When Resigning Feels Like A Grieving Process

 There is a loss that we experience when we leave a job or a workplace. We are letting go of what was, what is and what could have been. While resigning may be an exciting time filled with thoughts of what lies ahead, there is a sense of closure we crave. Like a relationship, we carry our emotional baggage with us to the next job. If we’re not aware of this baggage, it can weigh us down and keep us from finding fulfillment in any workplace.

From contemplating leaving your job to officially handing in your resignation, this process can feel like going through the five stages of grief — denial, anger, bargaining, depression, and acceptance. Below you will find examples of what each stage may sound like. The important thing to remember is that this process can take time and that it is normal to feel as if you are going around in circles. Clarity has a way of finding its way when the time is right.

Denial → I don’t need to resign.

It’s fine. Work’s fine. I’m fine.

This will pass.

It’s really not that bad. Everyone hates their job. Everyone hates their boss.

It’s totally normal to feel constantly tired, stressed, and like you’re never good enough.

I wouldn’t be able to get another job anyway, I don’t have any skills.

Things aren’t that bad, this is only temporary.

I’m lucky I have a job, I don’t really have anything to complain about.

Anger  I should resign, that’ll show them.

I can’t believe they didn’t give me that pay rise.

I should have left ages ago when I had the chance.

If I have to hear them tell me how to do my job one more time...

I am going to lose it if I receive one more condescending email.

They don’t even appreciate me. They would be screwed without me.

Bargaining  I won’t need to resign if things get better.

Maybe if I just stick it out for another 6 months?

If I can just save up another $20k, then I could leave.

Once I get the next promotion, I’ll be set.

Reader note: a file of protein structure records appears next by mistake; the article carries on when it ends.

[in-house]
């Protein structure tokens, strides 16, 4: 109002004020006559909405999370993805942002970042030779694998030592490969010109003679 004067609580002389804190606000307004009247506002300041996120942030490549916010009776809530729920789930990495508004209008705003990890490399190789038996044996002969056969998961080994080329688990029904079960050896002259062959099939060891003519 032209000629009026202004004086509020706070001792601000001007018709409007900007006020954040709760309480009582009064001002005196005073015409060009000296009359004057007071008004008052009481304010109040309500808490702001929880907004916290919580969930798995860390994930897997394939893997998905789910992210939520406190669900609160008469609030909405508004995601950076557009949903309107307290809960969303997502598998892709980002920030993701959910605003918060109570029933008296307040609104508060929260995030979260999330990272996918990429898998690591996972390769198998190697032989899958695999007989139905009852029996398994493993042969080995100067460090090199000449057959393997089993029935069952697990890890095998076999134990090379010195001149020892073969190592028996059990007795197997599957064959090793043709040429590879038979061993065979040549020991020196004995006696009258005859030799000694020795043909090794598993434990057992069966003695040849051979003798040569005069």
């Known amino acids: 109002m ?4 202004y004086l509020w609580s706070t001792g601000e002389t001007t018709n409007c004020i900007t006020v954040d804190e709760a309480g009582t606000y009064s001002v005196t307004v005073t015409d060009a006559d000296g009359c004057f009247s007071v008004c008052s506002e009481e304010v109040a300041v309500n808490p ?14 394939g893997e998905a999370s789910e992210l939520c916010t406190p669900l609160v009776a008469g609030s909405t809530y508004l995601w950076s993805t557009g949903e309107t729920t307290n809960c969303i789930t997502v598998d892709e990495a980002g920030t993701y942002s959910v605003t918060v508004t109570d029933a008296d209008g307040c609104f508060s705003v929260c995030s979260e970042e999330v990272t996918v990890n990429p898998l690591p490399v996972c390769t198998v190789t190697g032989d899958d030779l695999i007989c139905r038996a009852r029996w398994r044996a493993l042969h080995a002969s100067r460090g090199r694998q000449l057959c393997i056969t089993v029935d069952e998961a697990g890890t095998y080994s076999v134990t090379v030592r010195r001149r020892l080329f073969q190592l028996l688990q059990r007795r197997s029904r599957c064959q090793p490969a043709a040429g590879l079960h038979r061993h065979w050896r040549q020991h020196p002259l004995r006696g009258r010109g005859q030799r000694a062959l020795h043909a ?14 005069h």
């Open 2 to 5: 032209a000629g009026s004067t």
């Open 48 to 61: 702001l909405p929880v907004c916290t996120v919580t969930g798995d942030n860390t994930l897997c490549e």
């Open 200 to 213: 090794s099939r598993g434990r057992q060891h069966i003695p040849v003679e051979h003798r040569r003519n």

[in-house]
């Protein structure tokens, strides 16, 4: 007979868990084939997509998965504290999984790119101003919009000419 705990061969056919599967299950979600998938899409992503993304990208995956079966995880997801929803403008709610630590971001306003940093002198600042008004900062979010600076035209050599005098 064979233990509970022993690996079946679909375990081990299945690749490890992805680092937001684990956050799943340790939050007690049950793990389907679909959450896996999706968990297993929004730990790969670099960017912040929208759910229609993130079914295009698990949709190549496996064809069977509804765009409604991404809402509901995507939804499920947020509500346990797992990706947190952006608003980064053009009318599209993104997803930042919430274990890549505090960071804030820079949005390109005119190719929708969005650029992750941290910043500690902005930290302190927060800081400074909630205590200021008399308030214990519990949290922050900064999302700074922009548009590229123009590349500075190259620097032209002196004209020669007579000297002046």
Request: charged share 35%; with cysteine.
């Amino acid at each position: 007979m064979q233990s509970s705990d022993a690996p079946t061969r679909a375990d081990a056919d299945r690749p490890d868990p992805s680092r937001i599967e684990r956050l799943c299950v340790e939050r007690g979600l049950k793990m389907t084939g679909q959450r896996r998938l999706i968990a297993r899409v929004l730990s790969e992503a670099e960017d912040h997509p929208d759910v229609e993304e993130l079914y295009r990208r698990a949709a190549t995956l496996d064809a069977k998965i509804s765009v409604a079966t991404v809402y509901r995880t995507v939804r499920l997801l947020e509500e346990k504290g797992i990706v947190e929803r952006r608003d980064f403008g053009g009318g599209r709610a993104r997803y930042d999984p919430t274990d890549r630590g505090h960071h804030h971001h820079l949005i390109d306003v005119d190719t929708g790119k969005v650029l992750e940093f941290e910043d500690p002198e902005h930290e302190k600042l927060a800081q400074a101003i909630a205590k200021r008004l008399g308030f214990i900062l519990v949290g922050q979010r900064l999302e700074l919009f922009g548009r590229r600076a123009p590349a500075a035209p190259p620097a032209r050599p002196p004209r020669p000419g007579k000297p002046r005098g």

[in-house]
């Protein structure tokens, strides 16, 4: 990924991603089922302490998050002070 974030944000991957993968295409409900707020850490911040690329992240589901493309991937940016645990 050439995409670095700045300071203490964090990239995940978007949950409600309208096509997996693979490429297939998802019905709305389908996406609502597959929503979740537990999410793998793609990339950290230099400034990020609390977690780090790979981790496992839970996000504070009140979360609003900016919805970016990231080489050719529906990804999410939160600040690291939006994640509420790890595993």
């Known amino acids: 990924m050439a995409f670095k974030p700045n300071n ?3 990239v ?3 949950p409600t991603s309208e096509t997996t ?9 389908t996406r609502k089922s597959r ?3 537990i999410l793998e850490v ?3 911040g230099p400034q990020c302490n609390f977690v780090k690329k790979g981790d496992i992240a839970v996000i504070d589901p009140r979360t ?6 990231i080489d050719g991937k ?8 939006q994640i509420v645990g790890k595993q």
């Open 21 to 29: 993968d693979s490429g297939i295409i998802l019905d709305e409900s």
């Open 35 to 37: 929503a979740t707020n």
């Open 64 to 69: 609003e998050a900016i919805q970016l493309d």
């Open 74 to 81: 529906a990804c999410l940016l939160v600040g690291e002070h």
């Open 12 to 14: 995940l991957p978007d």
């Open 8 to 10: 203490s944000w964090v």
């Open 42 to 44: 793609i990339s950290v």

Maybe if I just have a chat with my boss, they’ll see the reason and we can make some changes?

I just need a holiday, if I could have a holiday I’m sure I’d come back and be much happier.

If I just got the pay rise, I wouldn’t have anything to worry about it.

If I don’t have another job to go to, I can’t resign.

Depression  Resigning feels like too much effort.

It’s going to suck letting people down.

What if I can’t get another job? What if I regret leaving?

I really don’t want to have to go through learning a new job or getting to know a whole new team.

I’ll be starting all over again.

I can’t believe I’ve stayed this long.

Acceptance  I have no choice, I have to resign.

It’s the right thing to do, I’m only letting myself down by staying.

There are so many other opportunities out there.

This is for the best, I will look back on this decision in years to come and be grateful.

It’s not my responsibility to worry about what they will do without me.

I have given it all I’ve got, it’s time to put myself and my future first.

Maybe you can hear yourself now in some of these statements. Or perhaps you recognize them from your past. Often once we start having doubts about our job, the process has begun and there is no turning back. Resignation is a one-way street to (hopefully) somewhere or something better.

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